This article is an interesting read about continued efforts to revise the Navy personnel system:
Whenever a promotion board starts, the members are provided two items to guide them as they decide who to promote, the board precept and the convening order. These documents are available on-line and should be used to figure out how to promote and write your fitrep.
The Board Precept
The precept is released in December and can be seen anytime afterwards. For example, if you go to the FY19 O4 Staff Corps Promotion Board page and click on the link marked with an arrow, you’ll get the board precept even though this board hasn’t started yet:
The Convening Order
The convening order for a promotion board is not released until it starts. If you monitor the board page closely, you’ll usually be able to get it within 1-2 days after the board begins. You just click the link that reads “Board Convening Order”:
Incidentally, this is how I always find out the promotion opportunity for all the boards and post it on the blog. It is in the convening order.
Why You Should Care
You should care about the precept and convening order because they tell you how to promote to the next rank. Go to this page and download them from the most recent boards of your next rank. You can see all the different boards circled in red here:
Click on the board for the next rank you’ll be competing for, and download the precept and convening order. If the board hasn’t happened yet (like the FY19 O4 board), then you’ll have to look at last year’s convening order (FY18).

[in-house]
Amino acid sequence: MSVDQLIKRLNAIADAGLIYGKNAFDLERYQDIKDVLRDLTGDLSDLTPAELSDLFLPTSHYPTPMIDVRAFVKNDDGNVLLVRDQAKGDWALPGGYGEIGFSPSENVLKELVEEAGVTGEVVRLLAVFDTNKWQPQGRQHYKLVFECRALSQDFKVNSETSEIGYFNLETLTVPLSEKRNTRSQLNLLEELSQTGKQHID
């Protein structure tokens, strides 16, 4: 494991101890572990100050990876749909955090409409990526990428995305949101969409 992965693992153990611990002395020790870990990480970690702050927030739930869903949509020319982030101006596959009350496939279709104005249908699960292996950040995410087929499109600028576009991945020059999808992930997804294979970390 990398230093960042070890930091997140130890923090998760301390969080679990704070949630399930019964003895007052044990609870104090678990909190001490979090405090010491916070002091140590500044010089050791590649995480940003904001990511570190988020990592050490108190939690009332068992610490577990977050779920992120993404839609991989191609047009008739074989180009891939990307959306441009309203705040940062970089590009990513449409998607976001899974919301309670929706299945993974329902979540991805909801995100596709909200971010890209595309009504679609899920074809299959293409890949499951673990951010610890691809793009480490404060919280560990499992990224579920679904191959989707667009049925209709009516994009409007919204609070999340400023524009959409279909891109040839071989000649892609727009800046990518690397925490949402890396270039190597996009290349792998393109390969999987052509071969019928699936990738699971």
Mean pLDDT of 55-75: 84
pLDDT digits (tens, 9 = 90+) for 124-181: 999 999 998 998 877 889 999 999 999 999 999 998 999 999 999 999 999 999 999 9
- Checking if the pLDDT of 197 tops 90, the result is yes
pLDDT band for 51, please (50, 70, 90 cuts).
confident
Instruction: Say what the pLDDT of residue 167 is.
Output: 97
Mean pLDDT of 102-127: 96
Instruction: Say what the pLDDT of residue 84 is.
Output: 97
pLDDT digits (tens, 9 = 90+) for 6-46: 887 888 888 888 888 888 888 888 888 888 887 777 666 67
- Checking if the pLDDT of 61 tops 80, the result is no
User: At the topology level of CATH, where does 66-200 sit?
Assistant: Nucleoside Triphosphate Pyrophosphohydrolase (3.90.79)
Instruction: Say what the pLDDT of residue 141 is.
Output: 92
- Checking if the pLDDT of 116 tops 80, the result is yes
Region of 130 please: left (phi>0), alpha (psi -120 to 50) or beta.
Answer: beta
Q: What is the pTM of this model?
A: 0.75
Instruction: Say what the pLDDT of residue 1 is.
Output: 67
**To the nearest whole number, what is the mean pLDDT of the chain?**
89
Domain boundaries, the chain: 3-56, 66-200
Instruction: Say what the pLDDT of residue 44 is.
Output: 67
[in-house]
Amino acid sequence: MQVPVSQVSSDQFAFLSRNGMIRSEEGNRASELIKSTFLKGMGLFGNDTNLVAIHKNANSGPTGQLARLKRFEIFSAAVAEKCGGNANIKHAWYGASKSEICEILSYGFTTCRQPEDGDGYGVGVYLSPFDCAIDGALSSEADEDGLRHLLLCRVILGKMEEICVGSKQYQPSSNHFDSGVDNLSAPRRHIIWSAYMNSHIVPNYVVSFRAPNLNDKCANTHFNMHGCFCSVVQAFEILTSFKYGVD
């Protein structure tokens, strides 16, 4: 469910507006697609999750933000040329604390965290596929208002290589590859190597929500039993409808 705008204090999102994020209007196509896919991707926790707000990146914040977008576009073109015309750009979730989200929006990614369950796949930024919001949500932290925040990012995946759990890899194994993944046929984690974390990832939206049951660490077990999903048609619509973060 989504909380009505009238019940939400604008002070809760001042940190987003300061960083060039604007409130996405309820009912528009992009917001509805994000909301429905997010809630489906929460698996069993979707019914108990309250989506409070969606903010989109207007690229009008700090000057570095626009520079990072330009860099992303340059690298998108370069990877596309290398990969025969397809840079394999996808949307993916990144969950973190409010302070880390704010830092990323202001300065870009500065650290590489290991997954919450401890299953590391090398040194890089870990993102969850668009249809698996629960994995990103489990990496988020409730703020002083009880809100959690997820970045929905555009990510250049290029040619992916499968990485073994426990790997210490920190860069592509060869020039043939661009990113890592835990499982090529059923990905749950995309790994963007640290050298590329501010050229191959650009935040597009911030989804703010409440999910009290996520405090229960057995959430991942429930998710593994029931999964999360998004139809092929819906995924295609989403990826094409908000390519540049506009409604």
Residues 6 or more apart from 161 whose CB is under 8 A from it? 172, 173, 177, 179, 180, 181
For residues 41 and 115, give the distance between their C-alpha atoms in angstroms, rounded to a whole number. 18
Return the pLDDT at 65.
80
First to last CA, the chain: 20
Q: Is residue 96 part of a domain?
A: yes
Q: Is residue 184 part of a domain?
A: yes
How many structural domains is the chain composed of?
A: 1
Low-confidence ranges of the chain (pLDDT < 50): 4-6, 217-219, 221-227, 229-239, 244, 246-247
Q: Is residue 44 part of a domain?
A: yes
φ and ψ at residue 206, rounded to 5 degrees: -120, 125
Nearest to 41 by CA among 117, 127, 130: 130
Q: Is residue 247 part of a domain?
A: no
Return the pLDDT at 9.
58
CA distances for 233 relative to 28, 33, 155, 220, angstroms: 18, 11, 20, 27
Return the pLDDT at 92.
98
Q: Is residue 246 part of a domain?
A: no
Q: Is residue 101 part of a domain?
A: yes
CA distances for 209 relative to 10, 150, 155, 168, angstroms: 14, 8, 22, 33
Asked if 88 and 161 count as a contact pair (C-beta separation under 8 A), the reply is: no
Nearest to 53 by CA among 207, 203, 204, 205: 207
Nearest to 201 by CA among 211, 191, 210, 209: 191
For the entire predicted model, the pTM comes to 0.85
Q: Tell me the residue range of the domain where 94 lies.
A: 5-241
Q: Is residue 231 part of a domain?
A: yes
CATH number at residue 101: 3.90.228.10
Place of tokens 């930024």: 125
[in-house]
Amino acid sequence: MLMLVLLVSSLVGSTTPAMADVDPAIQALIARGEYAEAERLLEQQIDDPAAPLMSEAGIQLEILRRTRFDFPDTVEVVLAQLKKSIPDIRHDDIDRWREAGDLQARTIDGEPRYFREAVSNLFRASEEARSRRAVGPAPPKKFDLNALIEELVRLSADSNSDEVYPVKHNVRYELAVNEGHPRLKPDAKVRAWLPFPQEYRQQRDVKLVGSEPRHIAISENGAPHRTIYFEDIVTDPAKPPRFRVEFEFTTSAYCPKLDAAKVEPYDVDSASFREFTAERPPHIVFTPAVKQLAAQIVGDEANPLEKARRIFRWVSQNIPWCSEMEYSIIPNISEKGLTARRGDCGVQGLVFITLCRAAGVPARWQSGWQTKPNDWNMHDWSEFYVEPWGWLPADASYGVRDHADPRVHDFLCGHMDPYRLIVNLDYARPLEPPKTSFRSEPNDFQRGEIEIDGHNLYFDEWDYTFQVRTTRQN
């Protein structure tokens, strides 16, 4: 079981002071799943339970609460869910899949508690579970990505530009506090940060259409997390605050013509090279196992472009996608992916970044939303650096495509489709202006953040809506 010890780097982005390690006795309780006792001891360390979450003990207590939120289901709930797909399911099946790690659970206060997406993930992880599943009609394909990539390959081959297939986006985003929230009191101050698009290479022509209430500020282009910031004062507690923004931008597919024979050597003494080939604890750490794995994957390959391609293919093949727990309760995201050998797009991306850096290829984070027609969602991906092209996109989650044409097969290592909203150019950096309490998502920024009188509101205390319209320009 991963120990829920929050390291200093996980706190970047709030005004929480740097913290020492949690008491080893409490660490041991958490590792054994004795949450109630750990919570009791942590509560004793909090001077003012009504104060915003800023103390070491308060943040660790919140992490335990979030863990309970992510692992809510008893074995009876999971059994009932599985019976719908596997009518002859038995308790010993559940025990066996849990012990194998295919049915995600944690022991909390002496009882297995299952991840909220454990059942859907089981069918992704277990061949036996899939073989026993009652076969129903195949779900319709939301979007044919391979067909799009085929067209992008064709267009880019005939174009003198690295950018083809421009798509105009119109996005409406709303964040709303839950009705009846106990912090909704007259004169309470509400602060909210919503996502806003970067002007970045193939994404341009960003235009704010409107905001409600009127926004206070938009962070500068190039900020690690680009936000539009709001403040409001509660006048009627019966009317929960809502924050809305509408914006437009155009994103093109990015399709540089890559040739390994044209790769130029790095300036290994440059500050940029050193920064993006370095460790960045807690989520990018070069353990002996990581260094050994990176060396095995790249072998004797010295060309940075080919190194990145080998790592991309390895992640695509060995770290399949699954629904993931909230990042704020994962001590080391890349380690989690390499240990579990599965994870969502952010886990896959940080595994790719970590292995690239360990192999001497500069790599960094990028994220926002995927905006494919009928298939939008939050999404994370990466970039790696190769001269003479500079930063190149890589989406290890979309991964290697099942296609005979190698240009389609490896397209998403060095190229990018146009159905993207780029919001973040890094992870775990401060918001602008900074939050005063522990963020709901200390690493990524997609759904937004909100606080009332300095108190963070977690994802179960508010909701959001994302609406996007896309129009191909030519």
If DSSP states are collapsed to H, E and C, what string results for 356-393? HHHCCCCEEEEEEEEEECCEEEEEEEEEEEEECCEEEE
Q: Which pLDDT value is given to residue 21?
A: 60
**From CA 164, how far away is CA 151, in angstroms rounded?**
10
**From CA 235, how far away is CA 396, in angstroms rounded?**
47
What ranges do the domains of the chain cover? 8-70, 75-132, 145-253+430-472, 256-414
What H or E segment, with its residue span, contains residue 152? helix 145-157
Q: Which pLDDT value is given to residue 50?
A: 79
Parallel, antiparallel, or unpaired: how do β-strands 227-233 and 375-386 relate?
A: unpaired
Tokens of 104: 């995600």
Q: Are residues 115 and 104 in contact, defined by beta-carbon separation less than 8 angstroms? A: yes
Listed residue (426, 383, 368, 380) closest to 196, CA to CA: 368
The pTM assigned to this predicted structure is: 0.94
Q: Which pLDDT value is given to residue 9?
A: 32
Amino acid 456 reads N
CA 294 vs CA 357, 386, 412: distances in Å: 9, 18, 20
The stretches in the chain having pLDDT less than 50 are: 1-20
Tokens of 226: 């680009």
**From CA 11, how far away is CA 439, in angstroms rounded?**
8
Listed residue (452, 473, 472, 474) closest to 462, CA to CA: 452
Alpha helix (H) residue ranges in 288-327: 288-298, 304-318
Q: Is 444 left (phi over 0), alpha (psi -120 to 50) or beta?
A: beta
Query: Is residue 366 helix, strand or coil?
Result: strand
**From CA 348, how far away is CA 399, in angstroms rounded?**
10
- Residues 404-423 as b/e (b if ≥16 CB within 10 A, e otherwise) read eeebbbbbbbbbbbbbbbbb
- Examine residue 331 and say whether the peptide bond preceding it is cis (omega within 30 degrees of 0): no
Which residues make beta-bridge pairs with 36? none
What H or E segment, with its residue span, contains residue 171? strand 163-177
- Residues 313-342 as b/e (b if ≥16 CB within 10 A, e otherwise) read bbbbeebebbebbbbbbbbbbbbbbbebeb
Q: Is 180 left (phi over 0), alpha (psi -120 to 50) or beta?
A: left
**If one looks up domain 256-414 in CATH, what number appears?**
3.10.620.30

Use these documents for two things. First, to figure out how to promote. For example, I deconstructed a past O6 convening order here.
Second, use them to come up with wording for your fitrep bullets, as discussed here where I showed you how to pull phrases for your block 41.
The Bottom Line
- Go to this page.
- Get the precept and convening order for your next rank. You might have to go to last year’s board for the convening order if the board hasn’t started yet.
- Use them to figure out how to get promoted and for writing your fitrep.
Here is the just released FY19 Active O5 Staff Corps Promotion Board Convening Order. The promotion opportunity was 85%, the highest in a long time:
People are very excited about the 90% promotion opportunity for the recently concluded FY19 Staff Corps O6 promotion board. But it is easy to misinterpret this opportunity. It does not mean that 90% of CDRs will be selected for CAPT. Let’s review promotion board math…
Where Does the Promotion Opportunity Come From?
The short answer is from manpower projections. How many physicians are getting out or retiring? What is the current Medical Corps manning level for that rank? What are future needs anticipated to be? What is the size of the promotion zone?
The answers to all of these questions determines the promotion opportunity and guides PERS and BUMED when they are making their decision.
As you can see here, the promotion opportunity varies from year-to-year:
Historical promotion opportunities for FY13-19.
But as you can see here, the percentage who are promoted from the in zone group is substantially lower:
Historical percentage of in-zone candidates selected for promotion for FY13-18.
FY19 O6 Promotion Board Math
The FY19 lineal list shows that there are 74 CDRs in the FY19 zone. If you take the 90% promotion opportunity and multiply it by 74, you’ll see that they could have promoted 67 CDRs to O6 during the board:
90% opportunity X 74 people in zone = 66.6 (rounded up to 67) people they can pick for O6